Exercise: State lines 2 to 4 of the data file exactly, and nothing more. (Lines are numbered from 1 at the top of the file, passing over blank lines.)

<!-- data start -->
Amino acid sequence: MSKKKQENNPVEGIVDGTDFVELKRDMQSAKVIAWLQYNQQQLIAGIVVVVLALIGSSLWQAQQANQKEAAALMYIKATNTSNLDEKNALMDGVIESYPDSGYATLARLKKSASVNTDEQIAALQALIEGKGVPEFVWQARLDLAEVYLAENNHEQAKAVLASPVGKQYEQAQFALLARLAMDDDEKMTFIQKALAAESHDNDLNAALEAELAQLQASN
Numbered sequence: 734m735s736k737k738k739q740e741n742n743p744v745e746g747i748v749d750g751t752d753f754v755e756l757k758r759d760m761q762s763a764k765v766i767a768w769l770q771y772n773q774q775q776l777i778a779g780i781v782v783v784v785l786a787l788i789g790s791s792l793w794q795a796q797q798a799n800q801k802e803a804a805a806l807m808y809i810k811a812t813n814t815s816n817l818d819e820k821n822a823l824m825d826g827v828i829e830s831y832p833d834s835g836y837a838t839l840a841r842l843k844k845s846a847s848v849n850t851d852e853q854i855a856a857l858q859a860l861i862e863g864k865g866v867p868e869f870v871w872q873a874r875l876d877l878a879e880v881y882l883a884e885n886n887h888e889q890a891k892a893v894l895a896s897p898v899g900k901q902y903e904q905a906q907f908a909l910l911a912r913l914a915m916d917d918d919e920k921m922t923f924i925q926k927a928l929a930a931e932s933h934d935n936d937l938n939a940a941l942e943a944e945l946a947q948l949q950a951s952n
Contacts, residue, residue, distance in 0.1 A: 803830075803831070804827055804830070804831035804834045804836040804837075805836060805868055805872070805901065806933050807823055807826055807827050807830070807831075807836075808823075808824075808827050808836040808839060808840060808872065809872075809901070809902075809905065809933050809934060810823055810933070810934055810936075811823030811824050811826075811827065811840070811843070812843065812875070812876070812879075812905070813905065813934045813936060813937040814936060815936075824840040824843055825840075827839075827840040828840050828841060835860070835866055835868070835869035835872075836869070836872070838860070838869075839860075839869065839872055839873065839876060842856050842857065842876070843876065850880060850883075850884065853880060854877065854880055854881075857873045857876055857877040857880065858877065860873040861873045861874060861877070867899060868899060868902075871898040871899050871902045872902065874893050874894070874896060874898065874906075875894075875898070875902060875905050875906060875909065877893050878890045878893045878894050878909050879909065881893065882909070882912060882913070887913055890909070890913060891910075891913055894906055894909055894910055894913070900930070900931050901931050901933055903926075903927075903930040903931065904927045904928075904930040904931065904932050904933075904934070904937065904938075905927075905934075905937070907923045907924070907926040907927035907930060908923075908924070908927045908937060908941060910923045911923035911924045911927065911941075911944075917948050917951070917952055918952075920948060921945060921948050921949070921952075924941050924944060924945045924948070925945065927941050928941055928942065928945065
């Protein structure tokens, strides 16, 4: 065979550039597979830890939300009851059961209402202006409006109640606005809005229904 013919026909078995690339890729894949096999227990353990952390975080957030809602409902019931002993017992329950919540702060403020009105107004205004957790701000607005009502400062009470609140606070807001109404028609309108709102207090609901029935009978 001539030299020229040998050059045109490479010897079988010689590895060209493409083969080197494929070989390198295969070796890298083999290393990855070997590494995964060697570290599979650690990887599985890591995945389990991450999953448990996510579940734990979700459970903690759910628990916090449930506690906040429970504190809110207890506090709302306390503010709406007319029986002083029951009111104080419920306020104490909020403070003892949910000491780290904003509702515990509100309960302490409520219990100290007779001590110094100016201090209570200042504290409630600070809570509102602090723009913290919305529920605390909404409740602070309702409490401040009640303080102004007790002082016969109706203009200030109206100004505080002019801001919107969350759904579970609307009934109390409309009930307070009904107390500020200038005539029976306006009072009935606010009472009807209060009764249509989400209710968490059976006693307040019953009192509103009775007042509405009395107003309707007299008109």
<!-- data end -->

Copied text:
Numbered sequence: 734m735s736k737k738k739q740e741n742n743p744v745e746g747i748v749d750g751t752d753f754v755e756l757k758r759d760m761q762s763a764k765v766i767a768w769l770q771y772n773q774q775q776l777i778a779g780i781v782v783v784v785l786a787l788i789g790s791s792l793w794q795a796q797q798a799n800q801k802e803a804a805a806l807m808y809i810k811a812t813n814t815s816n817l818d819e820k821n822a823l824m825d826g827v828i829e830s831y832p833d834s835g836y837a838t839l840a841r842l843k844k845s846a847s848v849n850t851d852e853q854i855a856a857l858q859a860l861i862e863g864k865g866v867p868e869f870v871w872q873a874r875l876d877l878a879e880v881y882l883a884e885n886n887h888e889q890a891k892a893v894l895a896s897p898v899g900k901q902y903e904q905a906q907f908a909l910l911a912r913l914a915m916d917d918d919e920k921m922t923f924i925q926k927a928l929a930a931e932s933h934d935n936d937l938n939a940a941l942e943a944e945l946a947q948l949q950a951s952n
Contacts, residue, residue, distance in 0.1 A: 803830075803831070804827055804830070804831035804834045804836040804837075805836060805868055805872070805901065806933050807823055807826055807827050807830070807831075807836075808823075808824075808827050808836040808839060808840060808872065809872075809901070809902075809905065809933050809934060810823055810933070810934055810936075811823030811824050811826075811827065811840070811843070812843065812875070812876070812879075812905070813905065813934045813936060813937040814936060815936075824840040824843055825840075827839075827840040828840050828841060835860070835866055835868070835869035835872075836869070836872070838860070838869075839860075839869065839872055839873065839876060842856050842857065842876070843876065850880060850883075850884065853880060854877065854880055854881075857873045857876055857877040857880065858877065860873040861873045861874060861877070867899060868899060868902075871898040871899050871902045872902065874893050874894070874896060874898065874906075875894075875898070875902060875905050875906060875909065877893050878890045878893045878894050878909050879909065881893065882909070882912060882913070887913055890909070890913060891910075891913055894906055894909055894910055894913070900930070900931050901931050901933055903926075903927075903930040903931065904927045904928075904930040904931065904932050904933075904934070904937065904938075905927075905934075905937070907923045907924070907926040907927035907930060908923075908924070908927045908937060908941060910923045911923035911924045911927065911941075911944075917948050917951070917952055918952075920948060921945060921948050921949070921952075924941050924944060924945045924948070925945065927941050928941055928942065928945065
């Protein structure tokens, strides 16, 4: 065979550039597979830890939300009851059961209402202006409006109640606005809005229904 013919026909078995690339890729894949096999227990353990952390975080957030809602409902019931002993017992329950919540702060403020009105107004205004957790701000607005009502400062009470609140606070807001109404028609309108709102207090609901029935009978 001539030299020229040998050059045109490479010897079988010689590895060209493409083969080197494929070989390198295969070796890298083999290393990855070997590494995964060697570290599979650690990887599985890591995945389990991450999953448990996510579940734990979700459970903690759910628990916090449930506690906040429970504190809110207890506090709302306390503010709406007319029986002083029951009111104080419920306020104490909020403070003892949910000491780290904003509702515990509100309960302490409520219990100290007779001590110094100016201090209570200042504290409630600070809570509102602090723009913290919305529920605390909404409740602070309702409490401040009640303080102004007790002082016969109706203009200030109206100004505080002019801001919107969350759904579970609307009934109390409309009930307070009904107390500020200038005539029976306006009072009935606010009472009807209060009764249509989400209710968490059976006693307040019953009192509103009775007042509405009395107003309707007299008109």